It is an old and, to a great extent, habitual aberration. Yet none has ever bothered to address the issue--- procurement of motor vehicles for development projects and their high maintenance cost.
As the government remained indifferent, there has been no let-up in wasting public money on vehicles, including luxury ones, against public sector development projects.
The Financial Express (FE) and some other newspapers have run scores of stories on the unnecessary purchase of vehicles, mainly cars and luxury four-wheelers and spending of a huge amount on their maintenance, but the project executing agencies have remained unmoved.
These agencies in their development project proposals (DPPs), in many cases include provisions for procurement of vehicles incommensurate with the nature and size of the projects. In most cases, they propose buying of many vehicles that are not necessary. At the same time, they seek a fat amount for the maintenance of vehicles and hiring of vehicles for transporting officials, employees and workers.
It is alleged that top notches of different ministries and divisions do extend their tacit approval to such procurement. A large part of the vehicles procured for projects usually are sent for their personal use.
On occasions, the Planning Commission raises objections and sends back the DPPs for review. In some cases, a few changes are made but most projects, however, do manage approval of the ECNEC without any change.
Going by the level of wastage that has been taking place at the implementation stage of development projects for the past few decades, there is enough reason to believe that a section of public servants does not have any love for the taxpayers' money. What is more unfortunate is that the policymakers, political or otherwise, are also indifferent to the need for stopping such wastage.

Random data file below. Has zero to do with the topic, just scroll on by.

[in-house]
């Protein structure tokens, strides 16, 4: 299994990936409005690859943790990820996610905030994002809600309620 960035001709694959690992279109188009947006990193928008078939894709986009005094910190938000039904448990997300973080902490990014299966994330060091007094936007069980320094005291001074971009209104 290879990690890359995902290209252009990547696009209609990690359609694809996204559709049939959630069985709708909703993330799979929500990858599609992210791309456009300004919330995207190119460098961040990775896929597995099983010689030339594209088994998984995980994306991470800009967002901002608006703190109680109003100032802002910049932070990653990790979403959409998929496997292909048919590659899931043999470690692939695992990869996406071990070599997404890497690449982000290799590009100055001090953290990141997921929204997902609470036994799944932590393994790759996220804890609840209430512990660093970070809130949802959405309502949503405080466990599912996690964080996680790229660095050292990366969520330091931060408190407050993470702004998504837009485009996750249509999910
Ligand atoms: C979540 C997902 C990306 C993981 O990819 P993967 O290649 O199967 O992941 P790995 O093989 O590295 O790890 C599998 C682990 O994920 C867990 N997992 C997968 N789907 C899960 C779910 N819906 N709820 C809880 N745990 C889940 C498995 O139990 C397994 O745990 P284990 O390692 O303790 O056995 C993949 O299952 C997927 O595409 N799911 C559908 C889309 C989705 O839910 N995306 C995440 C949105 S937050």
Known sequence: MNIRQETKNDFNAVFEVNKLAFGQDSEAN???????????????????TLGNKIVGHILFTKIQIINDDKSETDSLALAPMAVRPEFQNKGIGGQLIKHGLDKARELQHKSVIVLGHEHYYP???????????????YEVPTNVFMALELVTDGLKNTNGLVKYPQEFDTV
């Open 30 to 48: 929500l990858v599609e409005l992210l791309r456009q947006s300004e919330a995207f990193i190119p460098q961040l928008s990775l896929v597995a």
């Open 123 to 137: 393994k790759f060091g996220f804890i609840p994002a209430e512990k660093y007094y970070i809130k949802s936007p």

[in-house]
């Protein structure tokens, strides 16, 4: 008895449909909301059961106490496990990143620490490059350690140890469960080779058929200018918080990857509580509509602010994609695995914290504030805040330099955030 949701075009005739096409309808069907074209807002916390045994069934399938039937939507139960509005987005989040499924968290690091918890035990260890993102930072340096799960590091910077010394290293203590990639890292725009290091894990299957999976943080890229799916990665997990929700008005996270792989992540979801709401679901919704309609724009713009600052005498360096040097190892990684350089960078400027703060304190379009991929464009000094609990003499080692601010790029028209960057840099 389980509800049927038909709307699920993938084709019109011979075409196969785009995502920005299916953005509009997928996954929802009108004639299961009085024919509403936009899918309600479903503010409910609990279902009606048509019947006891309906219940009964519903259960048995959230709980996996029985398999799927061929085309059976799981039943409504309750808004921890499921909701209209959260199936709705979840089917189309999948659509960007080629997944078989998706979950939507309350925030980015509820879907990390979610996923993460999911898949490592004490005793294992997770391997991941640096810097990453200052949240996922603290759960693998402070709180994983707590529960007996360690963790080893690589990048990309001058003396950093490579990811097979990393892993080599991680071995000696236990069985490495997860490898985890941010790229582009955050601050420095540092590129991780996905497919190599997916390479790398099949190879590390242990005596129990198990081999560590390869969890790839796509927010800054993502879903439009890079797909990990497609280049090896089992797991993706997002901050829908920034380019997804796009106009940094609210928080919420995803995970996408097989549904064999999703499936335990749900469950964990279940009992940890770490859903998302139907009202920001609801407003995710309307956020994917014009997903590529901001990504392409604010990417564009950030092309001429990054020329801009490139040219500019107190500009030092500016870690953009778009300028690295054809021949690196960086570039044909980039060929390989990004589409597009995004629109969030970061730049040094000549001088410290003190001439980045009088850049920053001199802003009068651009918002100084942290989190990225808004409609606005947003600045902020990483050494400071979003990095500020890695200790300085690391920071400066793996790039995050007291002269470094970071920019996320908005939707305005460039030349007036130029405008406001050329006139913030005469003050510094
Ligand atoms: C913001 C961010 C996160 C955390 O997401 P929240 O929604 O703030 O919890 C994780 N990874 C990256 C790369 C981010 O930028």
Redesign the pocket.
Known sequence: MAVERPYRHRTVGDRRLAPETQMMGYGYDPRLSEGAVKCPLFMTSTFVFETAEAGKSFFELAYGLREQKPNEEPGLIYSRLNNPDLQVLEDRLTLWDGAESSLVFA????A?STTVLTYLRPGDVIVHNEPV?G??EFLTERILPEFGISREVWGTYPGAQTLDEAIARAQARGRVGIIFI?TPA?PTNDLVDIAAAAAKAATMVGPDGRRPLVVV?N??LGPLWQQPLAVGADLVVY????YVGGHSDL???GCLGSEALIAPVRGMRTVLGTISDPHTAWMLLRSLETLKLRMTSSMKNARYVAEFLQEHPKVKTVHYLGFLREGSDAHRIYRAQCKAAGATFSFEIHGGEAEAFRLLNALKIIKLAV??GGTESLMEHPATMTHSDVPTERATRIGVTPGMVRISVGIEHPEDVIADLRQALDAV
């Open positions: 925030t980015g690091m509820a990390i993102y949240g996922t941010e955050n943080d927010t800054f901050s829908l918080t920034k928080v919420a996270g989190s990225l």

In such an environment, the level of wastage, particularly, in areas of procurement of vehicles and their maintenance, has only recorded a rise in recent years.
A report published in one of the leading vernacular daily on Wednesday last highlighted the instances of an extreme level of wastage of taxpayers' money on procurement and operations of transports meant for public sector development projects.
In one project titled 'COVID-19 Emergency Response and Pandemic Preparedness', there is a provision for hiring as many as 602 vehicles for transportation of workers and employees at a cost of Tk 370.8 million over three years. And for the high officials of the project, nine luxury vehicles will be purchased at an estimated cost of about Tk 80 million. For the purchase of fuel and lubricants for these vehicles, Tk 30 million has been allocated.
The spending of such a huge amount on transports has little to do with the nature of the project.
The main works of the project include the installation of modern microbiology lab in 21 medical colleges, the establishment of an isolation centre in each of the district sadar hospitals and the opening of a 250-bed COVID hospital for doctors, nurses, health workers and members of the law-enforcing agencies at Mohakhali. Besides, the project provides for the purchase of medical equipment, personal protective gears and drugs and medicines. Is the spending of such a huge amount on transports in anyway justified for a project like this?
The Tk11.27 billion health-sector project that was approved by the executive committee of the national economic council (ECNEC) on June 02 last is primarily financed by the World Bank (WB).
In the project, a substantial volume of money has also been earmarked for organising training courses, seminars and symposia. It is widely suspected, a portion of the allocation would be pocketed by an unscrupulous section of officials.
It is not that the relevant authorities have been extravagant because the project is a WB-financed one. Most government agencies do also demonstrate the same attitude in the case of projects funded by the government. The fact remains that the country will have to repay the money to the WB and that would come from the state coffer.
Here, the multilateral donors, including the WB, do have certain responsibilities. They need to see the funds coming from them are used properly and not wasted or misappropriated. If necessary, they could even seek clarifications from the government.